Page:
Study of Oocyte-To-Embryo Transition Regulators, OMA-1 and OMA-2 in C. Elegans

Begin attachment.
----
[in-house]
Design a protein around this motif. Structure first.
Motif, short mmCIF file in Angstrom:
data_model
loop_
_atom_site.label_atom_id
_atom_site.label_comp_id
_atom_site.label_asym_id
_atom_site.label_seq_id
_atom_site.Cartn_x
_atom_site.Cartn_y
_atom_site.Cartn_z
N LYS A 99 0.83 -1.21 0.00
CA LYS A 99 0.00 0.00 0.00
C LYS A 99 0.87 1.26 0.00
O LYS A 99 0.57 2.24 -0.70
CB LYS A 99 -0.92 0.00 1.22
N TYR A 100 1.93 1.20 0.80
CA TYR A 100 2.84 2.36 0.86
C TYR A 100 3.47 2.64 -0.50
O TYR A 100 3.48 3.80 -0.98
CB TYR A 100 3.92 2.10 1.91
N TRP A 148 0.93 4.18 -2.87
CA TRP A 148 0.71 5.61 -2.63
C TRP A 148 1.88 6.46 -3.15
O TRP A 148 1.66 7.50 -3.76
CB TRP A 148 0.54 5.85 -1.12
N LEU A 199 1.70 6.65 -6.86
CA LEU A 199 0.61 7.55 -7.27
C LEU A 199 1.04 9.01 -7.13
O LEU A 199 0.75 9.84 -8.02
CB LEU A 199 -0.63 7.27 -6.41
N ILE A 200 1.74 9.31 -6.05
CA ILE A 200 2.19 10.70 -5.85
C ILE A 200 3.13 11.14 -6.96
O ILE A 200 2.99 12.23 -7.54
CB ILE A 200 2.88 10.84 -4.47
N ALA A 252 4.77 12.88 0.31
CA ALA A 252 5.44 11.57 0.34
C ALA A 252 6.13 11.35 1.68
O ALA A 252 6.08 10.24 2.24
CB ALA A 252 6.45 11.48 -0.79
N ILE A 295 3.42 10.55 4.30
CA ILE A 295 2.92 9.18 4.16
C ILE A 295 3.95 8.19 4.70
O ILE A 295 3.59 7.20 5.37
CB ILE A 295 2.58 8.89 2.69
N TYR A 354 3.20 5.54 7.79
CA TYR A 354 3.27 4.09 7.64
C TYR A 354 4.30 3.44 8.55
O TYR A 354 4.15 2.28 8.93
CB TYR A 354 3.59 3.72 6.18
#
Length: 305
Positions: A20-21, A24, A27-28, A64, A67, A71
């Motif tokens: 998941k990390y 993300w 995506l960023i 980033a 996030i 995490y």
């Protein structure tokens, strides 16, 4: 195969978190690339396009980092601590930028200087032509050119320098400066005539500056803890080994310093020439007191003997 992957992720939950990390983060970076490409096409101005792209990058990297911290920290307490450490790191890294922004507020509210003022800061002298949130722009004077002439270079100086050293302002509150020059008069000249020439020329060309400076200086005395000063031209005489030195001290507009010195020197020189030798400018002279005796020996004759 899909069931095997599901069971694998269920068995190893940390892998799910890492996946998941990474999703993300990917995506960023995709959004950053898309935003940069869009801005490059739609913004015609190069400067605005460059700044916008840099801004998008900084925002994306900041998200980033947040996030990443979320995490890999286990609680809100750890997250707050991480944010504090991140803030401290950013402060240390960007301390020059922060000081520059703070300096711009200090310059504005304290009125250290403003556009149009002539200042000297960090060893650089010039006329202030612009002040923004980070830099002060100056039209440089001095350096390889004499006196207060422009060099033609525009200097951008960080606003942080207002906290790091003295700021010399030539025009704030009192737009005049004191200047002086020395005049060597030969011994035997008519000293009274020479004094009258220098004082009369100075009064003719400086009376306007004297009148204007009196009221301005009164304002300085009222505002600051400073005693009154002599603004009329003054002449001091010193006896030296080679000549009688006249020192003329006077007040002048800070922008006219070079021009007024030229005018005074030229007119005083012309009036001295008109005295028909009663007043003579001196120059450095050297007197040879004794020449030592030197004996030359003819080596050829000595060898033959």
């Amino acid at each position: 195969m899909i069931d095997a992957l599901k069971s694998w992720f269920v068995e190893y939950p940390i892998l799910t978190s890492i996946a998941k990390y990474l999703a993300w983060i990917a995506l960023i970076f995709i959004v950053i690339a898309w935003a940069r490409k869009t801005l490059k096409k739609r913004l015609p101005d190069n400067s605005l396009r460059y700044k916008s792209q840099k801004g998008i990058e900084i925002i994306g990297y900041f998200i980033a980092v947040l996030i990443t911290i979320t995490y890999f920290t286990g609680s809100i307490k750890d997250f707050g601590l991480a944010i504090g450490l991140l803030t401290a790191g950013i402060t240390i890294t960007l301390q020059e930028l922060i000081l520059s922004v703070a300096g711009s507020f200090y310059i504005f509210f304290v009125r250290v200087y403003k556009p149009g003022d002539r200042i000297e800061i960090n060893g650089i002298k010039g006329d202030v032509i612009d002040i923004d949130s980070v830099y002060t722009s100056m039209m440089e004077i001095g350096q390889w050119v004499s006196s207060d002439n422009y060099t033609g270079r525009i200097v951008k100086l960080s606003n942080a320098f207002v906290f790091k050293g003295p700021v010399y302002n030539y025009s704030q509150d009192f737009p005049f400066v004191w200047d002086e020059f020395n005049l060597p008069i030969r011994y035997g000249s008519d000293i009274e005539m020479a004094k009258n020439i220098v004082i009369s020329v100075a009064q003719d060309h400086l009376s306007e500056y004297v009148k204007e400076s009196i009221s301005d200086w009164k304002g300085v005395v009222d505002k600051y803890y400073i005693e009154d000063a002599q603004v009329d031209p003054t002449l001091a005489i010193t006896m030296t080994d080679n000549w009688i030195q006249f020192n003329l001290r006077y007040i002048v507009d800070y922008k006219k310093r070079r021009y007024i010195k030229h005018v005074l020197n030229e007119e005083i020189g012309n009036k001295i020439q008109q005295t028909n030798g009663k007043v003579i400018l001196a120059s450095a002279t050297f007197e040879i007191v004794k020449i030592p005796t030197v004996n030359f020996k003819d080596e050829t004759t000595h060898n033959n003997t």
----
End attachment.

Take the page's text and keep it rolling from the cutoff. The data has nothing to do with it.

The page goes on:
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A non-dividing, developmentally dormant oocyte is transformed into a rapidly dividing, differentiating embryo during a short period termed oocyte-to-embryo transition. Oocyte-to-embryo transition encompasses oocyte maturation and fertilization and is characterized by both cell cycle and developmental events. Understanding the mechanisms underlying oocyte-to-embryo transition is a fundamental goal for developmental biology and reproductive medicine. However, our current understanding of the transition is very limited. Two CCCH Tis-11 type zinc finger proteins of C. elegans, OMA-1 and OMA-2 are expressed exclusively in oocytes and 1-cell embryos, and are rapidly degraded at the first mitosis. Previous studies suggested that oma-1 and oma-2 are redundantly required for oocyte maturation, and the degradation of OMA-1/2 proteins at the end of the 1-cell stage is essential for embryogenesis. However, their roles in the 1-cell embryo, and the mechanism of the OMA-1/2 degradation were elusive. In addition, the molecular functions of OMA-1/2 proteins were unknown. In this study, I investigated the mechanism controlling OMA-1/2 degradation as well as the molecular and genetic functions of OMA-1/2. I showed that two proline directed kinases, MBK-2/DYRK2 and GSK-3 directly and likely sequentially phosphorylate OMA-1/2 to mark them for degradation at the end of the 1-cell stage. My data further suggest that SCF and/or ECS E3 ubiquitin ligase and the proteasome are likely responsible for the execution of OMA-1/2 degradation. Secondly, I characterized the molecular and genetic functions of OMA-1/2 in oocytes and 1-cell stage embryos. My data suggest that OMA-1/2 regulate multiple processes. These processes include transcription and translation. At the 1-cell stage, transcription is inactive. My data suggest that OMA-1/2 render 1-cell embryos transcriptionally quiescence by preventing the nuclear localization of a general transcription factor, TAF-4. OMA-1/2 (oma-1/2) interact with translational regulators, MEX-3 and SPN-4 physically, and other translation factors, puf-3/5/8, and cpb-3 genetically, suggesting that OMA-1/2 also regulate translation in oocytes and 1-cell embryos. In summary, my study revealed that phosphorylation and ubiquitination events regulate the degradation of OMA-1/2 proteins, and provided insights into functions of OMA-1/2 during oocyte-to-embryo transition.